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Based on traits, which of the top quarterbacks in the 2022 NFL Draft best fit the Steelers?

The Pittsburgh Steelers are in the market for a QB, but which one best fits their needs?

NCAA Football: Senior Bowl Nathan Ray Seebeck-USA TODAY Sports

The Pittsburgh Steelers are in the market for a quarterback, and this isn’t an insider secret. In fact, the organization hasn’t hidden their desire for a signal caller in any way. Both Mike Tomlin and Kevin Colbert have been on the pro day trail, and spending plenty of time with all prospective quarterbacks who are entering the 2022 NFL Draft at the end of April.

But that doesn’t mean every quarterback entering the draft is a good fit, based on traits, for the black and gold. Recently, ESPN’s Matt Bowen talked about traits of the best quarterbacks in the draft, and it is time to see who fits well, and who doesn’t, based on scheme and skill set.

Let’s take a look at Bowen’s breakdown by quarterback:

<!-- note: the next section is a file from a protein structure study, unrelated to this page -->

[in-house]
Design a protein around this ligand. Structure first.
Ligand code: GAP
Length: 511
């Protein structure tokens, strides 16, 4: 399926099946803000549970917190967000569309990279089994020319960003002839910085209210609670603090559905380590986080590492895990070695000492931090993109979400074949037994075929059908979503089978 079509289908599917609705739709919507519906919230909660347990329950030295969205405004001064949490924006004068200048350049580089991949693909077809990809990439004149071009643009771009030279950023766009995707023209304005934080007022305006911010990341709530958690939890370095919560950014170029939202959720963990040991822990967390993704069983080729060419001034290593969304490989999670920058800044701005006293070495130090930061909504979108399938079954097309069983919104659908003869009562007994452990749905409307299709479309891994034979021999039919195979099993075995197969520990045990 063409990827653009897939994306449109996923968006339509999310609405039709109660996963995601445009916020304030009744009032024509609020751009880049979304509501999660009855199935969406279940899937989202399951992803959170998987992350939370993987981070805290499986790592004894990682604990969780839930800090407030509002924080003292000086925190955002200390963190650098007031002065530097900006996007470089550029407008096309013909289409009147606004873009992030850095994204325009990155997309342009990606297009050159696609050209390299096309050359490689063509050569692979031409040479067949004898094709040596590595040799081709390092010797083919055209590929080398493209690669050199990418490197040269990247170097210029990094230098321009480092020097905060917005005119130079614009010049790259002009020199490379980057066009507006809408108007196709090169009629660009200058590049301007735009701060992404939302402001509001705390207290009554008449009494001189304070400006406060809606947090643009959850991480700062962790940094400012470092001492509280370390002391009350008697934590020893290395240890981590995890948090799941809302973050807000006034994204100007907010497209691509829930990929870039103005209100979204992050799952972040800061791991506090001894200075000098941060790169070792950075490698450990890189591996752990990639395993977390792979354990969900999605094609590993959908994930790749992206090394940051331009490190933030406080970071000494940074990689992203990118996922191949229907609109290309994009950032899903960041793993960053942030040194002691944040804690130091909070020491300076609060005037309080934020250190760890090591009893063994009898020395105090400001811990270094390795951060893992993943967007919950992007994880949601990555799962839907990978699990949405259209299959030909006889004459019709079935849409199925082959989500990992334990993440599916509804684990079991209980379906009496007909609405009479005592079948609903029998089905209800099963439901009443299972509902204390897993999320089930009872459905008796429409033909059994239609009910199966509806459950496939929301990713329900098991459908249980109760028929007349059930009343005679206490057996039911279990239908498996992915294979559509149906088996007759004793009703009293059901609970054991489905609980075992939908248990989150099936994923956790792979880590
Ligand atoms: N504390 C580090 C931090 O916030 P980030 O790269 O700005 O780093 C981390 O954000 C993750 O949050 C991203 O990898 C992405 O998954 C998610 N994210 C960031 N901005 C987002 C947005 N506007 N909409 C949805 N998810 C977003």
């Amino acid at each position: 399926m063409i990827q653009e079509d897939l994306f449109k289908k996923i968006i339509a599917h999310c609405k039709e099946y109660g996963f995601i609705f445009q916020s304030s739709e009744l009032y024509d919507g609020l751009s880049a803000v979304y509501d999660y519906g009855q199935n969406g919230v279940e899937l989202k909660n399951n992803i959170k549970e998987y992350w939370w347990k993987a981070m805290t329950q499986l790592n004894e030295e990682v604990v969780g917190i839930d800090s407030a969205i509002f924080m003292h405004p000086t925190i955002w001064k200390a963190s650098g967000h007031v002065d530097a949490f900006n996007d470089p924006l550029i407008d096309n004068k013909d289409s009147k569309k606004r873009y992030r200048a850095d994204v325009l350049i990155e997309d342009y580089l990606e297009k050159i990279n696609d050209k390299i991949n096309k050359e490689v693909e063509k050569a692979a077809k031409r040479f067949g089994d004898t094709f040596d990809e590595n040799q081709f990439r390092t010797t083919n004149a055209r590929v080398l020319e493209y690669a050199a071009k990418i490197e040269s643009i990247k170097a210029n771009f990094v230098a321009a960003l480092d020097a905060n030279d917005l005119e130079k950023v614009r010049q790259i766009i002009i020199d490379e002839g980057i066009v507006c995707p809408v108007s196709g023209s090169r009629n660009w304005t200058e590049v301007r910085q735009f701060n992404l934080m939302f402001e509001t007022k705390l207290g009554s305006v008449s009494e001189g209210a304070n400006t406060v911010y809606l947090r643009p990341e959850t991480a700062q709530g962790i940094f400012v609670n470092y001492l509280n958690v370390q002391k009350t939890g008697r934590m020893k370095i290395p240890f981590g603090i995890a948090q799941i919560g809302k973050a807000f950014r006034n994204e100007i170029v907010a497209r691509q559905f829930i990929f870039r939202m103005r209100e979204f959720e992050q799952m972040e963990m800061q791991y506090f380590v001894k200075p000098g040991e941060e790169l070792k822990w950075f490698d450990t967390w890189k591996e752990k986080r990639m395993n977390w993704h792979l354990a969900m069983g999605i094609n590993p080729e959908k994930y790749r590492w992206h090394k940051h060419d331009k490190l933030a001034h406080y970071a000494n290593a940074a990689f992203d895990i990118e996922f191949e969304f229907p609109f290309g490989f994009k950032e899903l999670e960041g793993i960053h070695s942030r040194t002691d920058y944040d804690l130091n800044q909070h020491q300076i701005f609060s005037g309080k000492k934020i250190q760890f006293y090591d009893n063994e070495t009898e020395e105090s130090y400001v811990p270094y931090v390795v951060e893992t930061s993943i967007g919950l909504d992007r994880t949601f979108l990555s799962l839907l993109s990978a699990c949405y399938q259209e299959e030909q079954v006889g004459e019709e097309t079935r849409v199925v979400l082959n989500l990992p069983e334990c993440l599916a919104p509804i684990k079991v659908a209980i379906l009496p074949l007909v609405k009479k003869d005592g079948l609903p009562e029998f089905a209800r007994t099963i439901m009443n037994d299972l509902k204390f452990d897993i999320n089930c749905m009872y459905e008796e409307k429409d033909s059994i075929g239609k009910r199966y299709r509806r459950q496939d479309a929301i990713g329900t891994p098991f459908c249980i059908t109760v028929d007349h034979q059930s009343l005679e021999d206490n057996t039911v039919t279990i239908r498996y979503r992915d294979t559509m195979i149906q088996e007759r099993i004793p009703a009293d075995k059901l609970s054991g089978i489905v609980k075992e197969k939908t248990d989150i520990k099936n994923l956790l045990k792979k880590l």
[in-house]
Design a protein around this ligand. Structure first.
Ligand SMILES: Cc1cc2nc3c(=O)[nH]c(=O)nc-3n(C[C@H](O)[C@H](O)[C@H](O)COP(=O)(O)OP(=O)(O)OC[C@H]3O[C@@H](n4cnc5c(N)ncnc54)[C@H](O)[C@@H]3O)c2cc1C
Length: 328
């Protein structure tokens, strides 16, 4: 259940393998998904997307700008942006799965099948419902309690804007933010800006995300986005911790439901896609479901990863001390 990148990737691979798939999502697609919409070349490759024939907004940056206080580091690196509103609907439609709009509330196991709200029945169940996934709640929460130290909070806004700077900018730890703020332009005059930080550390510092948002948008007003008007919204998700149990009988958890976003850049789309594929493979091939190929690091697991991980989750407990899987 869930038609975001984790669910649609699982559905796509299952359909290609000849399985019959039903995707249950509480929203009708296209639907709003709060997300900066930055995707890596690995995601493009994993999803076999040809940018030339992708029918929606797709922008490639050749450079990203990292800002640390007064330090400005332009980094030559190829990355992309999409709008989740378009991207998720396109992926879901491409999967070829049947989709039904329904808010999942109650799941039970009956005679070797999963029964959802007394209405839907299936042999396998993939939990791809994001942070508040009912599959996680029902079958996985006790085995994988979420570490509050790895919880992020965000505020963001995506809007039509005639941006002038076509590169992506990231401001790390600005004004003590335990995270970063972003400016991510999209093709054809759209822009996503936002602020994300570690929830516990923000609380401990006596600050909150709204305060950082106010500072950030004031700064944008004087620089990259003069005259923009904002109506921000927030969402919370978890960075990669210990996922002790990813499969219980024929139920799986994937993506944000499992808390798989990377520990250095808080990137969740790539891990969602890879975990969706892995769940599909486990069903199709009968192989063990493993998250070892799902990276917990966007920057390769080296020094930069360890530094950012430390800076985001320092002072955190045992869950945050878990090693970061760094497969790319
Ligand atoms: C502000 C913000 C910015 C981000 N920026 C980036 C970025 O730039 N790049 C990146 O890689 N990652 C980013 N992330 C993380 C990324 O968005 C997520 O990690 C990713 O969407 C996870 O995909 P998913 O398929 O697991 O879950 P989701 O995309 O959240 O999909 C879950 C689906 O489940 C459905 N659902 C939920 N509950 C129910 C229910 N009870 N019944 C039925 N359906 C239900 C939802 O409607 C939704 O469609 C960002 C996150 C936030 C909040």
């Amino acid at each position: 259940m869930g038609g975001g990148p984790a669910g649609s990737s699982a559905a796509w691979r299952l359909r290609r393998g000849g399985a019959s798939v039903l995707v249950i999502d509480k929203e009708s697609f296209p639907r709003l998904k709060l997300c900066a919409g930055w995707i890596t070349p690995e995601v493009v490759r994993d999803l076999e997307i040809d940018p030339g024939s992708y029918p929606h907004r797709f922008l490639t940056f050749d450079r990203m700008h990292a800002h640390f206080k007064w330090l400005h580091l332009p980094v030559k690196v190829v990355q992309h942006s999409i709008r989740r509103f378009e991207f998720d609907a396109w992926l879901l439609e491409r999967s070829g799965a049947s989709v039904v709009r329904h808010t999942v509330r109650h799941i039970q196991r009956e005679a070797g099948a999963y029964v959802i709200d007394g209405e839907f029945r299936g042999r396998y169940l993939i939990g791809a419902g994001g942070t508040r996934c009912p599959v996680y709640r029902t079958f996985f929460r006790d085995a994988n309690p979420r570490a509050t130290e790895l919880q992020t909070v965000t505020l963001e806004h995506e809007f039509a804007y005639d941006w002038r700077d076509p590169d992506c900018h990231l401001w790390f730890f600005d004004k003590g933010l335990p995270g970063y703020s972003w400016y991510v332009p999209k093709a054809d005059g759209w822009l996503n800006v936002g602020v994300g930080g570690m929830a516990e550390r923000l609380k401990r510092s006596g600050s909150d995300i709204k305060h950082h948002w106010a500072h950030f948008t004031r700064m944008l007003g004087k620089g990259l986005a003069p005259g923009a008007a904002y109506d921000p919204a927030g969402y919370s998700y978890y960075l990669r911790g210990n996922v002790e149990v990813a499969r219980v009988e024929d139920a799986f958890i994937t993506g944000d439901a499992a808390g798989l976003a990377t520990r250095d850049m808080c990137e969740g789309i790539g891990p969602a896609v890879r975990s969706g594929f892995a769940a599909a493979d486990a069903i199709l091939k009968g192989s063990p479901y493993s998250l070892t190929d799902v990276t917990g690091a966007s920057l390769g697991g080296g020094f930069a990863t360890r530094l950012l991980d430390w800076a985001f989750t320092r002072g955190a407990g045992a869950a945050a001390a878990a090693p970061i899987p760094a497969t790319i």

Malik Willis, Liberty

Height: 6-foot | Weight: 219 pounds

Consensus ranking: No. 1

Willis’ best trait: Arm talent.

Willis has the natural arm talent to attack all three levels of the field. He can make every throw. He had 12 touchdowns on throws of 20 or more air yards last season, and the ball explodes out of his right hand on tape. Willis can drive it from the pocket, attacking boundary voids in Cover 2, and he will rip the ball up the seams on middle-of-the-field stretch concepts. He can really dial it up on deep ball throws.

Willis absolutely has the arm to be an NFL quarterback, but let’s not pretend playing at Liberty won’t impact his ability to adjust to the professional game. This isn’t the SEC, where Willis once played at Auburn. Willis is a project, and this should be widely known. Sure, a team like the Steelers would be a good landing spot for him to eventually take over, but outside of a package of plays, like Lamar Jackson had his rookie season with the Baltimore Ravens, Willis will need time to develop.